by Nick Gromicko, and Kate Tarasenko
If you want to seriously grow your business within the limited time frame of two years from now—an endpoint that’s virtually around the corner—but think that it’s absurd that you could actually quadruple it that quickly, you need look no further for mathematical proof of the possibility than the story of the wheat and the chessboard.
The Wheat and the Chessboard (or The Mathematician and the King)
When an Indian mathematician named Sissa created the game of chess at the end of the 5th century AD, he presented it as a gift to his king. The king was so thrilled that he told Sissa to name his reward for the amazing gift—anything he had was his for the asking. Sissa, perhaps in feigned modesty, asked the king merely for some wheat. The king thought he was getting the better end of the deal by far and asked Sissa how much wheat, thinking this a meager and even insulting prize. Sissa said that he would like to use the chessboard to count out his reward: one grain of wheat on the first square, then doubled to two grains of wheat on the second square, and then doubled again to four grains of wheat on the next square, and so on, until all 64 squares of the chessboard were accounted for. Amused, the king ordered his servant to retrieve a bushel of wheat to count out Sissa’s reward.
What the king didn’t realize until halfway through this exercise was that Sissa’s reward was becoming so enormous that the kingdom was in threat of losing its entire wheat stores, and more. The king’s accountant pleaded for him to reverse his promise, explaining that, with 64 squares on the chessboard, and doubling the number of grains of wheat on each successive square (1 + 2 + 4 + 8, etc.), the total number of grains would equal 18,446,744,073,709,551,615—far more wheat than that held by the entire continent.
This story beautifully and simply illustrates the theory of exponential growth.
Exponentially Grow Your BusinessOf course, there are limits to growth at this pace, as the king quickly discovered. And any inspector would balk at the notion of growing his or her business year after year after year, ad infinitum. But you can do this, too. You can grow your business exponentially. It is possible to grow your business at a rate that you never thought possible and yet keep it manageable so that it doesn’t eclipse everything else in your life. You can double your business next year, and you can quadruple it in two years.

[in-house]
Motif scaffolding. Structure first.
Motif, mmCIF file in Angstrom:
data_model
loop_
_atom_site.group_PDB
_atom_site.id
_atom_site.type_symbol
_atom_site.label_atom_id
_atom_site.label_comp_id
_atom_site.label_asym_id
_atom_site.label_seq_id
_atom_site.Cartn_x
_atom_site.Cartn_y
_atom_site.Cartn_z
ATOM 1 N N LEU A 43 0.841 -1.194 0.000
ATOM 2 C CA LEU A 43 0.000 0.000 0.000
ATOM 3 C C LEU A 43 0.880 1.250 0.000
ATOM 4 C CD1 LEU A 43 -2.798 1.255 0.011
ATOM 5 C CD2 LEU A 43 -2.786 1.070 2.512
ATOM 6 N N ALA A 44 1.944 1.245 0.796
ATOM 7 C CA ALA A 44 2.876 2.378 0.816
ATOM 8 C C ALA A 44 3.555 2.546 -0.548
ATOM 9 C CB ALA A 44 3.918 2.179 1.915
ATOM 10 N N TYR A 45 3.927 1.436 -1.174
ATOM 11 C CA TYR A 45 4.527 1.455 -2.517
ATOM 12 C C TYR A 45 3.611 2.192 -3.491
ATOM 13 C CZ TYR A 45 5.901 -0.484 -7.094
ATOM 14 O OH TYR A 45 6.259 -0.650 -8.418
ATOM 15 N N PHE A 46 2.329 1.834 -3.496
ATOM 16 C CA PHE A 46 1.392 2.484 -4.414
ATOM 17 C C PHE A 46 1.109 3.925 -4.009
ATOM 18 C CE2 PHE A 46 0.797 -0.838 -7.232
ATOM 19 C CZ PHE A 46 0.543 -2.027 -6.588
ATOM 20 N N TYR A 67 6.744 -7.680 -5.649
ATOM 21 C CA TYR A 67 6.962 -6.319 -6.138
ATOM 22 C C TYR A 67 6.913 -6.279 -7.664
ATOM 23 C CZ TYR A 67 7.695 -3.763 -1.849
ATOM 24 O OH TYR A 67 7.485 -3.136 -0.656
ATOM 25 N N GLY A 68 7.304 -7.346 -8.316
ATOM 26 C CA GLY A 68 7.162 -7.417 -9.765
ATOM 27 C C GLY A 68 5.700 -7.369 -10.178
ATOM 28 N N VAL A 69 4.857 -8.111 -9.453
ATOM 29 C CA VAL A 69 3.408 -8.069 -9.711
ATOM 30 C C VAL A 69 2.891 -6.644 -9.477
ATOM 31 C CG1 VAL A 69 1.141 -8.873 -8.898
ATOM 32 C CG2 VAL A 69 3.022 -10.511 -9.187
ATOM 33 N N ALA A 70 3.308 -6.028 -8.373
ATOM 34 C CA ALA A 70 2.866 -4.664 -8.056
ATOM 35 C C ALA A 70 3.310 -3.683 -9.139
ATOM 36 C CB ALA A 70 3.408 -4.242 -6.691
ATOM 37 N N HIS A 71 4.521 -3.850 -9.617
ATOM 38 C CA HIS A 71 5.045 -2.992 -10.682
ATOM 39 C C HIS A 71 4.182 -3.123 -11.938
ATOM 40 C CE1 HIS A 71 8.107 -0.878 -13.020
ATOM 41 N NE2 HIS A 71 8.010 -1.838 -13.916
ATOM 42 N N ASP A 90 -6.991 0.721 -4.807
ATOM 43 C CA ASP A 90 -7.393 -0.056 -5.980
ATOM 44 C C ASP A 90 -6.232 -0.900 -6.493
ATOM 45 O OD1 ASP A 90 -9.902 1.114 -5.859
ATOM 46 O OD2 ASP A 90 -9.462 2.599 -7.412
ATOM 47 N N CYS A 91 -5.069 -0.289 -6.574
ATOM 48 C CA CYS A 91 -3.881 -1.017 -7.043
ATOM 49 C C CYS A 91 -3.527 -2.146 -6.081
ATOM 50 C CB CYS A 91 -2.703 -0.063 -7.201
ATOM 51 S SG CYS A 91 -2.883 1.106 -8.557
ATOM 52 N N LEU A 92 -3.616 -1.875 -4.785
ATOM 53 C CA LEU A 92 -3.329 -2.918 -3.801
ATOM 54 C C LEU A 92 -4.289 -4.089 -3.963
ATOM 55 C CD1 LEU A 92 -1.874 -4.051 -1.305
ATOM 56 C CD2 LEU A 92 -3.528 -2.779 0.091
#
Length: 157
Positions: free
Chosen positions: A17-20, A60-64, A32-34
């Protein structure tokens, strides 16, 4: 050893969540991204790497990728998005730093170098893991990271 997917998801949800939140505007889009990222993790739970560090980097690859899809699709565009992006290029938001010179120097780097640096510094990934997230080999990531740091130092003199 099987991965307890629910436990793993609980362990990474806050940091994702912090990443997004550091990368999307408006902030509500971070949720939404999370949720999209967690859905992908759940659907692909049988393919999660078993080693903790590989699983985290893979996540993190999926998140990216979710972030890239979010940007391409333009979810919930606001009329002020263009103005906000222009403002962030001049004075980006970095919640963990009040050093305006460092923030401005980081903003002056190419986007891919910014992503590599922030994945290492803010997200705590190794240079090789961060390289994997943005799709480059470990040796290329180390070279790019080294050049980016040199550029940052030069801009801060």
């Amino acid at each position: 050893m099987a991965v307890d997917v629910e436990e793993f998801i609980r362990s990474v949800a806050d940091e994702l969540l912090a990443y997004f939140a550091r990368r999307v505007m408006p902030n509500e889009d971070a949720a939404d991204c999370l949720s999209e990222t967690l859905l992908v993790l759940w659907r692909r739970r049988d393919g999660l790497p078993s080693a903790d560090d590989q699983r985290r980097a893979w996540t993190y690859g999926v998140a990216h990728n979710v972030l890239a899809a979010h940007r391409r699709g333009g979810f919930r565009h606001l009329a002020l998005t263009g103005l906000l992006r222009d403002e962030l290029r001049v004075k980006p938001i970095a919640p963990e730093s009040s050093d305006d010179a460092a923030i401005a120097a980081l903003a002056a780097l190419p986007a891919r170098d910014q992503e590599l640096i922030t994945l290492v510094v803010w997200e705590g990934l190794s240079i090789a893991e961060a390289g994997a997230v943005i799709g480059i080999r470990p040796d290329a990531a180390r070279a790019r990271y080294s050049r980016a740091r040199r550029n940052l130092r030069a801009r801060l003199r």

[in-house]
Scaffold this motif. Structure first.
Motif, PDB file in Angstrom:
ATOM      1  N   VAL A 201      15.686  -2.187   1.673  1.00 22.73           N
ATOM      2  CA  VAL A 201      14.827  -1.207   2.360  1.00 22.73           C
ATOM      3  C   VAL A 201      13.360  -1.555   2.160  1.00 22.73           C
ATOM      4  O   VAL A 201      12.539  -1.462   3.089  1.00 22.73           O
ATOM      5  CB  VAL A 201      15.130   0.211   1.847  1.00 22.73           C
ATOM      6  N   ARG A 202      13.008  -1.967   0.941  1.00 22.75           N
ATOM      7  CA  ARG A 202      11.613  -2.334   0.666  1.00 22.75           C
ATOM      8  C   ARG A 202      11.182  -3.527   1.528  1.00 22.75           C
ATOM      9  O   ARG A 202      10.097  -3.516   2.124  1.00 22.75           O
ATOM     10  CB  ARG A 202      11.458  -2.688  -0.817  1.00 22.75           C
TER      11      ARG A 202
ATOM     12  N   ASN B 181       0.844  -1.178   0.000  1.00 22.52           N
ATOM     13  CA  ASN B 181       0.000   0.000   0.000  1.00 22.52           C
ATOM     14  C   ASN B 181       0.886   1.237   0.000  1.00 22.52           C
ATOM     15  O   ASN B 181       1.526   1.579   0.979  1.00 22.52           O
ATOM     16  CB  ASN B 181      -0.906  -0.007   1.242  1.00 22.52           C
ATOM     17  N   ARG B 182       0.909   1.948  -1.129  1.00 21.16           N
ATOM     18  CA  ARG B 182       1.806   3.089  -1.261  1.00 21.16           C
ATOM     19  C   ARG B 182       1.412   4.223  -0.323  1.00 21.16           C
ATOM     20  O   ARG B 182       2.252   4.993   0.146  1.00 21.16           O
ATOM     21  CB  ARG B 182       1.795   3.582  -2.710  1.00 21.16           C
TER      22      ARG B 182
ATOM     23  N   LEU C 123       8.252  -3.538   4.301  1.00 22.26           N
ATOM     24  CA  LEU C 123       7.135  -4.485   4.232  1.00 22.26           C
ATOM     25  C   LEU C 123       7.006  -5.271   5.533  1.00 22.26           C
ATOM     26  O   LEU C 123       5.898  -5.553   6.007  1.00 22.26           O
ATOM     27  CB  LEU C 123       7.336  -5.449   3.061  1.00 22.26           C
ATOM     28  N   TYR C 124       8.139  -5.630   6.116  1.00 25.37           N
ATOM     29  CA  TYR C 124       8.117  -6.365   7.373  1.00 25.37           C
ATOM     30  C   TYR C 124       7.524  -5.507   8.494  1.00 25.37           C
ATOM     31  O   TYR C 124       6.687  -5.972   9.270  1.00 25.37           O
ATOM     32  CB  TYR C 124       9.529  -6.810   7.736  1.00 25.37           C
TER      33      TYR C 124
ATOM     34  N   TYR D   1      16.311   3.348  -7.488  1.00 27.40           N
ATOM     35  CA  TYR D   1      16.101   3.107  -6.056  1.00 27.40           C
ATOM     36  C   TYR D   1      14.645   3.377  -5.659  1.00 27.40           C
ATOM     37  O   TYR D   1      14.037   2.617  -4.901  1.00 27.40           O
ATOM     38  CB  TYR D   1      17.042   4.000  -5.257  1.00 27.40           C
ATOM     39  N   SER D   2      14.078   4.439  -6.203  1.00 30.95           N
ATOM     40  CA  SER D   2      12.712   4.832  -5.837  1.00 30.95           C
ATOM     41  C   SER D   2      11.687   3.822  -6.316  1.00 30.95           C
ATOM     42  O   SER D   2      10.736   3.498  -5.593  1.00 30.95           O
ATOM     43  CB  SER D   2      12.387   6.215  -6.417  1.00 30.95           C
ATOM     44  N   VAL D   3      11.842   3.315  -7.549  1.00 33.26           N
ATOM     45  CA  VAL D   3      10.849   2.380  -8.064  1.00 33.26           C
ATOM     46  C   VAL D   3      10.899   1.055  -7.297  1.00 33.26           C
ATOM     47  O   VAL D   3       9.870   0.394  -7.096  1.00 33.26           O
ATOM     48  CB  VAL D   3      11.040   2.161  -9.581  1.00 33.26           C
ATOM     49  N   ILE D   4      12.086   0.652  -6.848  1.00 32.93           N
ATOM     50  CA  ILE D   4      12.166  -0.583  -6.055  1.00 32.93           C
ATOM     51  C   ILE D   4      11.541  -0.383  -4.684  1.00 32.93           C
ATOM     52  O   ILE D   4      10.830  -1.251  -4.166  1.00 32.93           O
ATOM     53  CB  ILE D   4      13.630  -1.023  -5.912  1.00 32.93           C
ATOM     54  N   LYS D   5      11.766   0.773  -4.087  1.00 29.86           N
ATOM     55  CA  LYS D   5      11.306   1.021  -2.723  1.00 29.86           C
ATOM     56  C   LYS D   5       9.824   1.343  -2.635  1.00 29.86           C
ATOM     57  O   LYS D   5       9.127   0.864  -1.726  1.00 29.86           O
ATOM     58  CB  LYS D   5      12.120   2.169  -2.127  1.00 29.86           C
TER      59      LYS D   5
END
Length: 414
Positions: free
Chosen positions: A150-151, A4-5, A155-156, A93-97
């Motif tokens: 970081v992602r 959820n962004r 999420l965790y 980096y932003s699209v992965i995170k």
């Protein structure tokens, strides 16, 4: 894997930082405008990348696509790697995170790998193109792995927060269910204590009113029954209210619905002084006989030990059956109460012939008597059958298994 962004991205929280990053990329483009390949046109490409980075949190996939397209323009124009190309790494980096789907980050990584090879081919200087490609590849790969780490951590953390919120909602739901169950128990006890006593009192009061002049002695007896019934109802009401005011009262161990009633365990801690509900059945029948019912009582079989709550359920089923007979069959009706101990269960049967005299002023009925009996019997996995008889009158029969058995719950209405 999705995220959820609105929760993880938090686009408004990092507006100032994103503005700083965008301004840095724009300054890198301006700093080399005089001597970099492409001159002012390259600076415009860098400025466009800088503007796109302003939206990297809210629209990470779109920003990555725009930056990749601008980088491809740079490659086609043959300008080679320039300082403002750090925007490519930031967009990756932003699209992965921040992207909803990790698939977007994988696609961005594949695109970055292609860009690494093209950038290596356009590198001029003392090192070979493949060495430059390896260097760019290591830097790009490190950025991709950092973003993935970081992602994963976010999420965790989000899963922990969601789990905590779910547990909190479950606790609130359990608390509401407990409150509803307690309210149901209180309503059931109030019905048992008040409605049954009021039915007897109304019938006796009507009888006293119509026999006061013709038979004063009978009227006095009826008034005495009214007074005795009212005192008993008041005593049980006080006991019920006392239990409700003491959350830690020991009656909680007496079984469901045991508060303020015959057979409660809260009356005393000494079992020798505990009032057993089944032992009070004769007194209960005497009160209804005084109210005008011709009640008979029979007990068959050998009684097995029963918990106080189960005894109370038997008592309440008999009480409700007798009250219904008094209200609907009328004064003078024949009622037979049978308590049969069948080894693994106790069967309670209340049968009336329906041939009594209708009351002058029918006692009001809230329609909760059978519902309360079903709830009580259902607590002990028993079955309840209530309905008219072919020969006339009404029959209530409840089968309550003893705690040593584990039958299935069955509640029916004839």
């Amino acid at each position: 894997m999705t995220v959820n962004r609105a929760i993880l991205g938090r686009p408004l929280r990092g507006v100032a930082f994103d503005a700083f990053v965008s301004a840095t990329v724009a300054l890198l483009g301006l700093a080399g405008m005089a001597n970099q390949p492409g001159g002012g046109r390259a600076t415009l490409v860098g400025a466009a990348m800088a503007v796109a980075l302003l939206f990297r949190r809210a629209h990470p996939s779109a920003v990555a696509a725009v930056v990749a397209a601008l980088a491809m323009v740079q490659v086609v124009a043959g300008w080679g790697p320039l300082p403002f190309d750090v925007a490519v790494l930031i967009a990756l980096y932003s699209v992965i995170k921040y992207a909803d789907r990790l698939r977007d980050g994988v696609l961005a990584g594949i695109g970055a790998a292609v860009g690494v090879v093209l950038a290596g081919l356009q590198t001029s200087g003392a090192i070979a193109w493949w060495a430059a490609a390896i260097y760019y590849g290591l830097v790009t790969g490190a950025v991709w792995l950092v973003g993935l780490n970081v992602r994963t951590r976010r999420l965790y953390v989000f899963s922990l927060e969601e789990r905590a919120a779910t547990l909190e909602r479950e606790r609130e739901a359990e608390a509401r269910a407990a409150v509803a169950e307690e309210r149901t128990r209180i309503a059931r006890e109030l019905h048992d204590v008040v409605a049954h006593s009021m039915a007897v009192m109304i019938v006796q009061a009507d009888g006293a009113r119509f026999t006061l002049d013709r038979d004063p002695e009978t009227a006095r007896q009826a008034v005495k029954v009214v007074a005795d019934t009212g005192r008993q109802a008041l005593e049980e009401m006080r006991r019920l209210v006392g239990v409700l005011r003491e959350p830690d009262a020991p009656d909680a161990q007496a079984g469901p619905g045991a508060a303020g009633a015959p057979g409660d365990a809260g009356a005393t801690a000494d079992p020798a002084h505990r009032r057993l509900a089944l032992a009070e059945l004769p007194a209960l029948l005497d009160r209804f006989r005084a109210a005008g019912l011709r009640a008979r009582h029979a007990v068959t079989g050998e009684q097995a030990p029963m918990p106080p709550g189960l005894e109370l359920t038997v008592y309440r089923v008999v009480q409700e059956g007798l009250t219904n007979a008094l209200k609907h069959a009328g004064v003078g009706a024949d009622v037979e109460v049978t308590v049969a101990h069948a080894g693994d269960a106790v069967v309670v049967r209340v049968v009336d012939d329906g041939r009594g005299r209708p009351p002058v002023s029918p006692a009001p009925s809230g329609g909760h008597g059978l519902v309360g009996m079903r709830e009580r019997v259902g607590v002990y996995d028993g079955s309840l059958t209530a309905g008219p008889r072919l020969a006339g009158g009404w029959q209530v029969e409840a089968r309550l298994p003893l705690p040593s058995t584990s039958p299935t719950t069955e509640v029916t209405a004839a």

Any inspector can do this, regardless of his or her current average number of inspections. All you have to do is to get every past client to refer one inspection to you. If you did 100 inspections this year and can get 100 referrals from 100 former clients, you will have effectively doubled your business. During the second year, repeat what you did during your first year (having a larger base of past clientele), and so on. This is exponential growth.
Putting the Plan into Play
The question now becomes: How do I get my past clients to refer to me?
You can get your past clients to refer you using the following marketing strategies:
Why Did Sissa the Mathematician Ask the King for Grains of Wheat?
The beleaguered ruler came to the conclusion that it would be less expensive to surrender his kingdom than to make good on his promise to Sissa. And that’s what happened... Sissa was crowned king.
The theory of exponential growth is profitable, indeed.
Before you lament your slow week (or month), or the sluggish rate of new construction in your service area—before you tell yourself that you’ve run out of new clients and, consequently, new business--always remember that your past clients are your best source of new business. And if you leave them satisfied, they’re also your best advertising. Always be marketing. In addition to inspecting, it’s the work you need to be doing to grow your business.